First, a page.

FERRUM, Va. -- The Ferrum College community received sad news this morning with the passing of Sam Webb, Ferrum's former football, basketball and baseball coach.
Born Samuel Richmond Webb February 12, 1926, Webb was two months shy of his 93rd birthday. Ferrum's football wing inside the Hank Norton Center is named after Webb.
A native of Bluefield, Virginia, Webb graduated from Concord College in 1951. He came to Ferrum in the summer of 1955 after working at William Byrd High School in Vinton. Ralph Arthur, Ferrum's president at the time, hired Webb to start the football program and serve as head coach. Webb would also serve as head basketball coach, head baseball coach and athletic director. Up until then, basketball and baseball had been played on a competitive basis, but football was relegated to intramurals with six-man teams.
Webb's office, not much larger than a broom closet, was located in the basement of Schoolfield Hall, the College's chapel at the time. The lower level of Schoolfield was where basketball games were played. Baseball games were played on a rough diamond just outside of Schoolfield, with the outfield backed up against Ferrum Mountain Road (VA Rt. 602).
Webb initially made recruiting phone calls from President Arthur's office in John Wesley Hall, but eventually a phone was installed in his Schoolfield office. Many Virginia colleges and universities donated older football equipment to Ferrum, including University of Richmond, Virginia Tech, Virginia Military Institute and Washington & Lee University. The generosity of these larger schools helped Ferrum greatly in its early years and connects us to these schools.
Ferrum's football nickname the "Black Hats" stems from the earlier days. The Panthers would recieve used equipment from schools that included a number of different colored helmets. Hardware was stripped off the helmets, they were spray-painted black and the hardware was reattached. As the season wore on, colored streaks of blue, red, yellow, maroon, gold, etc. could be seen as the black paint was scraped away and revealed the helmet's previous color. When football season was done, hardware came off the helmets again, spray paint was reapplied, and the hardware was reattached. To this day, Ferrum's football helmets continue to bear no logos or numbers.
Webb and the Panthers went 2-5 in football during the 1955 inaugural season, then 1-9 in 1956. Health issues forced him to step away from coaching after the spring of 1957.
Ferrum alum Tom Berry '57 played all three sports under Webb at Ferrum. He describes Webb as a very gentle man, who never got upset or rattled, and always had a great sense of communication with student-athletes.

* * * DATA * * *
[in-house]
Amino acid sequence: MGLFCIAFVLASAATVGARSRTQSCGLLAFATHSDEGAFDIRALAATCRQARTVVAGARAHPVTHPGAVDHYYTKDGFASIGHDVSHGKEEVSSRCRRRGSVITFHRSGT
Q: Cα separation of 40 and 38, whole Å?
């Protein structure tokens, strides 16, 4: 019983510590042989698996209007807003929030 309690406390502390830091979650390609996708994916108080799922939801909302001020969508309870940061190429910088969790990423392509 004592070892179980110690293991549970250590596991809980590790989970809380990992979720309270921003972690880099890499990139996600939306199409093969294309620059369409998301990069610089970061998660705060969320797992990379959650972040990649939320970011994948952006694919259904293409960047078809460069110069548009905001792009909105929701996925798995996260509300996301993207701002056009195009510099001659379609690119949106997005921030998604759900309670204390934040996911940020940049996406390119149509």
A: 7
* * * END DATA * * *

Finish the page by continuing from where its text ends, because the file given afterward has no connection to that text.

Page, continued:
"Coach Webb was a mentor, friend and father figure to us all. He wore so many hats; football coach, basketball coach, baseball coach and athletic director. I don't know how he did it alll. Its hard to describe the impact he's had on my life. He was such a good person." --Tom Berry '57
Fellow alum Ed States '57 was a teammate of Berry's and recently reflected back on Webb's efforts to move Ferrum forward in the world of collegiate athletics.
"At a recent Ferrum home football game, as I looked out on the first class athletic facilities, I was reminded of how Coach Webb years ago had started it all. Everyone has heard the stories; limited funding, used equipment, rushed recruiting, a dirt and rocky practice field, no staff, three sports and athletic director. These were all handicaps that Coach Webb overcame successfully. His football team won the first intercollegiate game in Ferrum's name and his basketball and baseball teams had multiple wins, at least two against a 4-year colleges. Commendable achievements for a start-up program. But, perhaps his greatest achievement was that he introduced the Ferrum name in intercollegiate athletics by scheduling and playing games in Delaware, Maryland, West Virginia, North Carolina, South Carolina and Virginia. Thus, this humble beginning, the Coach Webb era, paved the way for a history of athletic success and the development of today's first class facilities. --Ed States '57
Webb lived in Salem, Virginia. He is survived by his son Charlton Webb of Knoxville, Tennessee, and his daughter and son-in-law Whitney Webb Maddox and Rob Maddox of Vinton.
The family requests that in lieu of flowers, people should visit cabinfevercharityevents.org, which contains a link to donate online in memory and honor of Coach Webb. All proceeds go the local humane societies and service dog organizations.
"Everyone who knew my dad, Coach Webb, knew about his love of life, people and especially his love of dogs. We know this will have Coach smiling down upon us." --Whitney Webb Maddox
Services will be held Tuesday, Dec. 4, at Salem Church of Christ, 401 West Main Street, Salem, VA 24153. Visitation is at 12:00 p.m., followed by service at 1:00 p.m.